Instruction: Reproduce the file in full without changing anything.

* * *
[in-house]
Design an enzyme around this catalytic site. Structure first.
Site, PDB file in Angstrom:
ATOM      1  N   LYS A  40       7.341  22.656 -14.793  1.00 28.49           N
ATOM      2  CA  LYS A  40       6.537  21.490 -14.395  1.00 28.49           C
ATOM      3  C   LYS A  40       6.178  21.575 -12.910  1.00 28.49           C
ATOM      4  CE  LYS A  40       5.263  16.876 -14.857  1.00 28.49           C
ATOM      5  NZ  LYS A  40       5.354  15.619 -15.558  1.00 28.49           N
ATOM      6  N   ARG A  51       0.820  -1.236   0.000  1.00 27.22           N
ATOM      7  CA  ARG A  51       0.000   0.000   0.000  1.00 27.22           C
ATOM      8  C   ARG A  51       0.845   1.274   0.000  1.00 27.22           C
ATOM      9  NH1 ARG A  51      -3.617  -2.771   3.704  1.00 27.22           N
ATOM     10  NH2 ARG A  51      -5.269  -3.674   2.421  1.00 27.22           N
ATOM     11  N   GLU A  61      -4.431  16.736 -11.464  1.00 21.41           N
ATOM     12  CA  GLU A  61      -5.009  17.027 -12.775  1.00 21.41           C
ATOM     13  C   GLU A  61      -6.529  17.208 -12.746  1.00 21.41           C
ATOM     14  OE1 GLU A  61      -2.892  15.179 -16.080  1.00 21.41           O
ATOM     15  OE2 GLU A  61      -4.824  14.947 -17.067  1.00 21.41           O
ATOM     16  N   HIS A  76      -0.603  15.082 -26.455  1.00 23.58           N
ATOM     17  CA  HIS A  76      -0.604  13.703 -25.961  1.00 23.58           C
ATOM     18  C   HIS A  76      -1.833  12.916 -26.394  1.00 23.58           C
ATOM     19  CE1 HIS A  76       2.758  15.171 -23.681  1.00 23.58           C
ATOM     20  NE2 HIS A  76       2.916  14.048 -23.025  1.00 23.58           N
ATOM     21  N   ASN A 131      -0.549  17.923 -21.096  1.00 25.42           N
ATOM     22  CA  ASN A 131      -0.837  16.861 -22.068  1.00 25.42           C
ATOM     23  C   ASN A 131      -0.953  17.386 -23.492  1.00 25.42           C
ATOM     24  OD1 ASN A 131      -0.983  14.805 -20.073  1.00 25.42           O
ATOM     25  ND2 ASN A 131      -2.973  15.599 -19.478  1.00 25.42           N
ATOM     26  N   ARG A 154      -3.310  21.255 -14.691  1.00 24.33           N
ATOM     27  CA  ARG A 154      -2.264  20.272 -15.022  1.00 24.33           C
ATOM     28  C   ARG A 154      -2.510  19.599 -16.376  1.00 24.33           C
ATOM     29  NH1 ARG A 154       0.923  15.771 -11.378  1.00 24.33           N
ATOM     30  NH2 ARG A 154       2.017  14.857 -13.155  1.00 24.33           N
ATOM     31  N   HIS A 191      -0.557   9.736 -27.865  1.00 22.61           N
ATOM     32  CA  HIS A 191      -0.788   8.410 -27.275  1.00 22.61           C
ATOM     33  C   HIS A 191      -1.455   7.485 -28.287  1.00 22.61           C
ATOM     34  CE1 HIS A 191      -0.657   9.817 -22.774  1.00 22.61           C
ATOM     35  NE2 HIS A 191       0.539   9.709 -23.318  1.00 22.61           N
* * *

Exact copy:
[in-house]
Design an enzyme around this catalytic site. Structure first.
Site, PDB file in Angstrom:
ATOM      1  N   LYS A  40       7.341  22.656 -14.793  1.00 28.49           N
ATOM      2  CA  LYS A  40       6.537  21.490 -14.395  1.00 28.49           C
ATOM      3  C   LYS A  40       6.178  21.575 -12.910  1.00 28.49           C
ATOM      4  CE  LYS A  40       5.263  16.876 -14.857  1.00 28.49           C
ATOM      5  NZ  LYS A  40       5.354  15.619 -15.558  1.00 28.49           N
ATOM      6  N   ARG A  51       0.820  -1.236   0.000  1.00 27.22           N
ATOM      7  CA  ARG A  51       0.000   0.000   0.000  1.00 27.22           C
ATOM      8  C   ARG A  51       0.845   1.274   0.000  1.00 27.22           C
ATOM      9  NH1 ARG A  51      -3.617  -2.771   3.704  1.00 27.22           N
ATOM     10  NH2 ARG A  51      -5.269  -3.674   2.421  1.00 27.22           N
ATOM     11  N   GLU A  61      -4.431  16.736 -11.464  1.00 21.41           N
ATOM     12  CA  GLU A  61      -5.009  17.027 -12.775  1.00 21.41           C
ATOM     13  C   GLU A  61      -6.529  17.208 -12.746  1.00 21.41           C
ATOM     14  OE1 GLU A  61      -2.892  15.179 -16.080  1.00 21.41           O
ATOM     15  OE2 GLU A  61      -4.824  14.947 -17.067  1.00 21.41           O
ATOM     16  N   HIS A  76      -0.603  15.082 -26.455  1.00 23.58           N
ATOM     17  CA  HIS A  76      -0.604  13.703 -25.961  1.00 23.58           C
ATOM     18  C   HIS A  76      -1.833  12.916 -26.394  1.00 23.58           C
ATOM     19  CE1 HIS A  76       2.758  15.171 -23.681  1.00 23.58           C
ATOM     20  NE2 HIS A  76       2.916  14.048 -23.025  1.00 23.58           N
ATOM     21  N   ASN A 131      -0.549  17.923 -21.096  1.00 25.42           N
ATOM     22  CA  ASN A 131      -0.837  16.861 -22.068  1.00 25.42           C
ATOM     23  C   ASN A 131      -0.953  17.386 -23.492  1.00 25.42           C
ATOM     24  OD1 ASN A 131      -0.983  14.805 -20.073  1.00 25.42           O
ATOM     25  ND2 ASN A 131      -2.973  15.599 -19.478  1.00 25.42           N
ATOM     26  N   ARG A 154      -3.310  21.255 -14.691  1.00 24.33           N
ATOM     27  CA  ARG A 154      -2.264  20.272 -15.022  1.00 24.33           C
ATOM     28  C   ARG A 154      -2.510  19.599 -16.376  1.00 24.33           C
ATOM     29  NH1 ARG A 154       0.923  15.771 -11.378  1.00 24.33           N
ATOM     30  NH2 ARG A 154       2.017  14.857 -13.155  1.00 24.33           N
ATOM     31  N   HIS A 191      -0.557   9.736 -27.865  1.00 22.61           N
ATOM     32  CA  HIS A 191      -0.788   8.410 -27.275  1.00 22.61           C
ATOM     33  C   HIS A 191      -1.455   7.485 -28.287  1.00 22.61           C
ATOM     34  CE1 HIS A 191      -0.657   9.817 -22.774  1.00 22.61           C
ATOM     35  NE2 HIS A 191       0.539   9.709 -23.318  1.00 22.61           N